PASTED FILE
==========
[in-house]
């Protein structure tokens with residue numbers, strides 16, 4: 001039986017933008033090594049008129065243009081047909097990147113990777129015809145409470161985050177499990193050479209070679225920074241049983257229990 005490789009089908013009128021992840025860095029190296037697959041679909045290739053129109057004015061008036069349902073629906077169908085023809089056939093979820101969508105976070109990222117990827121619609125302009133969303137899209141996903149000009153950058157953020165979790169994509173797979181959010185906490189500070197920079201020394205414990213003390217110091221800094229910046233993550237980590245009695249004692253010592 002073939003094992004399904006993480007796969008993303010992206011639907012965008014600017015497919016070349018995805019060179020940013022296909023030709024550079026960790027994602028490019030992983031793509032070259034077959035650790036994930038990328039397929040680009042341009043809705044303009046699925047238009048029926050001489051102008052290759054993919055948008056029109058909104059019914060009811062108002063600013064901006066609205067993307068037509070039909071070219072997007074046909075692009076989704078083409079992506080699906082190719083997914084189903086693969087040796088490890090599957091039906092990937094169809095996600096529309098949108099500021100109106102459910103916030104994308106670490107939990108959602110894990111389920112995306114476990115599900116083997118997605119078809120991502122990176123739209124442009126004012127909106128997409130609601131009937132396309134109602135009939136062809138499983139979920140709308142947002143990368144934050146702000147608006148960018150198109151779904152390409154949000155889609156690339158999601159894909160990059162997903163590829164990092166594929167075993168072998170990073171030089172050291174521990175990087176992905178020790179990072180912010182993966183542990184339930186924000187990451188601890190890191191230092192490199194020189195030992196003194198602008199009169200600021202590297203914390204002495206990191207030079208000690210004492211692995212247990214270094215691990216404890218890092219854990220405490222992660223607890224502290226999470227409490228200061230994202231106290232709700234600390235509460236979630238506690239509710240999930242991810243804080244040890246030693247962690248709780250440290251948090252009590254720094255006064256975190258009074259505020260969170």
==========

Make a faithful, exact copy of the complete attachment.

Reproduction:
[in-house]
């Protein structure tokens with residue numbers, strides 16, 4: 001039986017933008033090594049008129065243009081047909097990147113990777129015809145409470161985050177499990193050479209070679225920074241049983257229990 005490789009089908013009128021992840025860095029190296037697959041679909045290739053129109057004015061008036069349902073629906077169908085023809089056939093979820101969508105976070109990222117990827121619609125302009133969303137899209141996903149000009153950058157953020165979790169994509173797979181959010185906490189500070197920079201020394205414990213003390217110091221800094229910046233993550237980590245009695249004692253010592 002073939003094992004399904006993480007796969008993303010992206011639907012965008014600017015497919016070349018995805019060179020940013022296909023030709024550079026960790027994602028490019030992983031793509032070259034077959035650790036994930038990328039397929040680009042341009043809705044303009046699925047238009048029926050001489051102008052290759054993919055948008056029109058909104059019914060009811062108002063600013064901006066609205067993307068037509070039909071070219072997007074046909075692009076989704078083409079992506080699906082190719083997914084189903086693969087040796088490890090599957091039906092990937094169809095996600096529309098949108099500021100109106102459910103916030104994308106670490107939990108959602110894990111389920112995306114476990115599900116083997118997605119078809120991502122990176123739209124442009126004012127909106128997409130609601131009937132396309134109602135009939136062809138499983139979920140709308142947002143990368144934050146702000147608006148960018150198109151779904152390409154949000155889609156690339158999601159894909160990059162997903163590829164990092166594929167075993168072998170990073171030089172050291174521990175990087176992905178020790179990072180912010182993966183542990184339930186924000187990451188601890190890191191230092192490199194020189195030992196003194198602008199009169200600021202590297203914390204002495206990191207030079208000690210004492211692995212247990214270094215691990216404890218890092219854990220405490222992660223607890224502290226999470227409490228200061230994202231106290232709700234600390235509460236979630238506690239509710240999930242991810243804080244040890246030693247962690248709780250440290251948090252009590254720094255006064256975190258009074259505020260969170």